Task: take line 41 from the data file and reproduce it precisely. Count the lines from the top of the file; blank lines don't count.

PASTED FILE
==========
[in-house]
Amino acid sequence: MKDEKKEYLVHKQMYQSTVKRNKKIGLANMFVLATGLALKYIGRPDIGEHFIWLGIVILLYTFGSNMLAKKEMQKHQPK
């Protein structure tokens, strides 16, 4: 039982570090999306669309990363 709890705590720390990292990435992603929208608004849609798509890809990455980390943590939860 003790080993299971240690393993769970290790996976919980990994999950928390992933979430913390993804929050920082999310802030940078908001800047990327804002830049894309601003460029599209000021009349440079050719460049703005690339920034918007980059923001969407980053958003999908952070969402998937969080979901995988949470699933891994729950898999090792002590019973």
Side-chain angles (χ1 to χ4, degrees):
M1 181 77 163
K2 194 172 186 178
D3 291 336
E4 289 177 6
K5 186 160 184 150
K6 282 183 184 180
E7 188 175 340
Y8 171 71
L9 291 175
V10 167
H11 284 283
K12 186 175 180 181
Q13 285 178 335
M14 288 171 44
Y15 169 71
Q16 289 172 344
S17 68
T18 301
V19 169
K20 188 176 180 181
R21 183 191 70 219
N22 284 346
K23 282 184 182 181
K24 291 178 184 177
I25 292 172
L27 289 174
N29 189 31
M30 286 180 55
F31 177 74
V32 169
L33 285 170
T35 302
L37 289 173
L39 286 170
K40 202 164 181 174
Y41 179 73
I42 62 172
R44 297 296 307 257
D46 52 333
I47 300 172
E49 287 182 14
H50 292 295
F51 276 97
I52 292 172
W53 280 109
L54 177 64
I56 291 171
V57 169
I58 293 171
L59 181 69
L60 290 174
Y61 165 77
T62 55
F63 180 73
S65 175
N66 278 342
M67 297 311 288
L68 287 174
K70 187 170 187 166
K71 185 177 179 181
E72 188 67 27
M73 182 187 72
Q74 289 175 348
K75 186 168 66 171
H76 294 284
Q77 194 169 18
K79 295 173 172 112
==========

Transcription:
I42 62 172